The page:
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Hi Guys

I've been playing guitar and writing songs since I was around 12yrs old. About 10yrs ago I started dabbling in DAW based Theme Music but a hectic "traditional" career got in the way. I'm now retired and wish to make composing for TV Film and Video Games my future career. Please find the link for a piece I did some time ago for a BBC Composers Competition for the TV Series Galapagos. It was set to video footage originally. I would welcome honest feedback on this as I want to progress and would value advice.https://soundcloud.com/neil-wighton/galapagos10

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Welcome to CF Neil - I hope you enjoy this site as much as I and many others do.

This is a very atmospheric piece with some evocations of Galapagos-like occurrences and wildlife (in my mind's eye at least).

Are you self-taught or have you enjoyed some formal training in composition? I can't make up my mind if you're a Gershwin-like guy or a Mozart.

However, thanks for posting and good luck with your future career - I hope to hear much more from you.

Stephen, thank you so much for your reply and encouraging words. I'm afraid I have no formal musical training which makes me feel a bit unworthy. I am, however, excited for the future and will give it my best shot. Any advice on how to proceed would be very welcome.

Hi Neil and thanks for posting! That's awesome that you are wanting to pursue scoring for TV/Film and Video Games. I am currently working in a traditional career while simultaneously pursuing your same type of composing career and it has been a tough balancing act with many ups, downs, turns and twists! 

I enjoyed your contrast and choice of instruments. Aesthetically and tonally, your piece went somewhere, understandably following the video footage of course, but I appreciate that you always had something different going on musically - 1:00 to 1:46 was the most enjoyable part for me as it contrasted the giant orchestra playing and the electronic elements were a nice surprise!

I feel that the overall sound of the track was a bit too punchy and forward, as in close-up, and I think can instantly be elevated by using more professional orchestral libraries. While expensive, I'm a big fan of Spitfire Audio for orchestral samples (shop on Black Friday for deals). In my personal opinion they are the best in that sound sample library market.

Adding to this I think the big orchestra sections at the beginning and end could use some more dynamic contrast. Especially the high and low strings sustained notes. Using electronic sound samples to emulate real string players, I would add some subtle crescendo swells and tapers while holding those notes out. Anything you can do to make it sound less synthesized and more realistic/emotional will add more value to your track.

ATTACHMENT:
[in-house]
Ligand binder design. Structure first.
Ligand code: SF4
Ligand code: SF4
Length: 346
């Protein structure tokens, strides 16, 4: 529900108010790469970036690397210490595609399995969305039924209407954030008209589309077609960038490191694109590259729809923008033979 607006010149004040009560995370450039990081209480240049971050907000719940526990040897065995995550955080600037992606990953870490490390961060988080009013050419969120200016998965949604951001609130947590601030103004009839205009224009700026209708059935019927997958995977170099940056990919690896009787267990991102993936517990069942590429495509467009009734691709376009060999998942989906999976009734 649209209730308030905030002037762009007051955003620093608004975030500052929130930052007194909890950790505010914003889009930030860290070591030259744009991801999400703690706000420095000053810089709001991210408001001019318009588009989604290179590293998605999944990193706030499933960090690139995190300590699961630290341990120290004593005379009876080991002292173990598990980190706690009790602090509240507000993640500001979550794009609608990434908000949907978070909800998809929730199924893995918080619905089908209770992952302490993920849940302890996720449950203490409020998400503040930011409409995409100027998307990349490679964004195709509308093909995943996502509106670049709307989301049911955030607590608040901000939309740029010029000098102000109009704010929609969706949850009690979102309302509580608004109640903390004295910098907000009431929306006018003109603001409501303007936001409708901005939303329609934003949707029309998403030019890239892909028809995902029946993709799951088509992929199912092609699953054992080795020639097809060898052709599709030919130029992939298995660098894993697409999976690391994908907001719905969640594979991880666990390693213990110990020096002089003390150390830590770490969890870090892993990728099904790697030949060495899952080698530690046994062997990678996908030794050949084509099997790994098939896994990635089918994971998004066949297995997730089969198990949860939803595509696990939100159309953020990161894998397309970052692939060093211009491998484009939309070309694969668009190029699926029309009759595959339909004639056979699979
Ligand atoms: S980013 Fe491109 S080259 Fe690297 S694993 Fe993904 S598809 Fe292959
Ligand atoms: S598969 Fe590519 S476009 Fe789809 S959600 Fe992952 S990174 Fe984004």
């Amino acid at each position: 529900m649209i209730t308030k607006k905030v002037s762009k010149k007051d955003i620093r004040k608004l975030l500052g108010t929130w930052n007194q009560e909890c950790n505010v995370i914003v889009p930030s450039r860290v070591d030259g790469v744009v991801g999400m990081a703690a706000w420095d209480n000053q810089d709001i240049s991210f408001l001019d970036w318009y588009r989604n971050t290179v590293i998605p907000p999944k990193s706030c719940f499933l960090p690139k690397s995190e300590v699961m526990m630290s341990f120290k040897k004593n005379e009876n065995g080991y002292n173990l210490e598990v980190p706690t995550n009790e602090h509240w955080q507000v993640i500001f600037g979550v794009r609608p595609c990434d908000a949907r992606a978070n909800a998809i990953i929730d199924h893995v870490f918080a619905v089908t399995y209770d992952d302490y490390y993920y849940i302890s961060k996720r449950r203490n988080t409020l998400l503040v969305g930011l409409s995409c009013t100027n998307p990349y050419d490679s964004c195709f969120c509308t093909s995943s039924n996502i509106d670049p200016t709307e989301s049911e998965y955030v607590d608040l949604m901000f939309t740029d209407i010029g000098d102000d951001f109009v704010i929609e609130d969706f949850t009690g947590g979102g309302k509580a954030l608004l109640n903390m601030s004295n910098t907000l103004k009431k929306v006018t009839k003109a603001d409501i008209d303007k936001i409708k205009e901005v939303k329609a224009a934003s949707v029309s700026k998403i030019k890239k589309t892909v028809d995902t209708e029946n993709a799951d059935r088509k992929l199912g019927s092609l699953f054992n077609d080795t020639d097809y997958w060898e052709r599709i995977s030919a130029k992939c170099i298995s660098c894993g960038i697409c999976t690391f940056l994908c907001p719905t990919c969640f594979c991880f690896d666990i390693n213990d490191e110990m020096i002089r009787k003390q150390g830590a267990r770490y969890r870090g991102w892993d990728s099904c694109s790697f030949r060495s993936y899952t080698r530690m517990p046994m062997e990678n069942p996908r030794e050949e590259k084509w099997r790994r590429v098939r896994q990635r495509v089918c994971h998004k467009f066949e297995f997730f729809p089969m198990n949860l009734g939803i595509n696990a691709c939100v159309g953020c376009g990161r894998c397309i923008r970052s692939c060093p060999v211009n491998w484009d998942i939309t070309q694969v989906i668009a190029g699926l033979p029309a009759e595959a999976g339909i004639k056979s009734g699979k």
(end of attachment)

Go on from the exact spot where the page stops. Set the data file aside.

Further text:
My biggest headache and struggle in my own compositions has been with mixing. I don't think I will ever be a pro when it comes to mixing, but as the years have gone by, my ears have slowly developed as I have begun to understand concepts in mixing. I think you need some EQ adjustments based on the clash of frequencies your sound samples naturally contribute, as well as more depth (think front to back) within instrument sections - everything sounded right up front to me as a listener, sort of in my face - but again my ears are not the best at critiquing these nuances of the mix, perhaps someone else with more of a defined ear can offer specific insights into that. Hope this helps. Thanks for sharing your track Neil!

Thanks Henry for your critique. It's so easy to get very close to a project so it's great to get a fresh pair of ears on the case  I'm using East West Symphonic Orchestra Gold which is supposed to be high quality samples of real instruments so I wonder whether I'm spoiling the sound with my eq or by the method I'm implementing the patches. It was the first time I'd used the package on anything of this scale. I obviously need to be more mindful of the sound quality going forward. Thank you again for some great advice.

You're welcome Neil. Although I have never used a product of theirs before, I'm familiar with the East West brand and know of their high quality. Interesting. 



Neil Wighton said:

Thanks Henry for your critique. It's so easy to get very close to a project so it's great to get a fresh pair of ears on the case  I'm using East West Symphonic Orchestra Gold which is supposed to be high quality samples of real instruments so I wonder whether I'm spoiling the sound with my eq or by the method I'm implementing the patches. It was the first time I'd used the package on anything of this scale. I obviously need to be more mindful of the sound quality going forward. Thank you again for some great advice.

Nice work.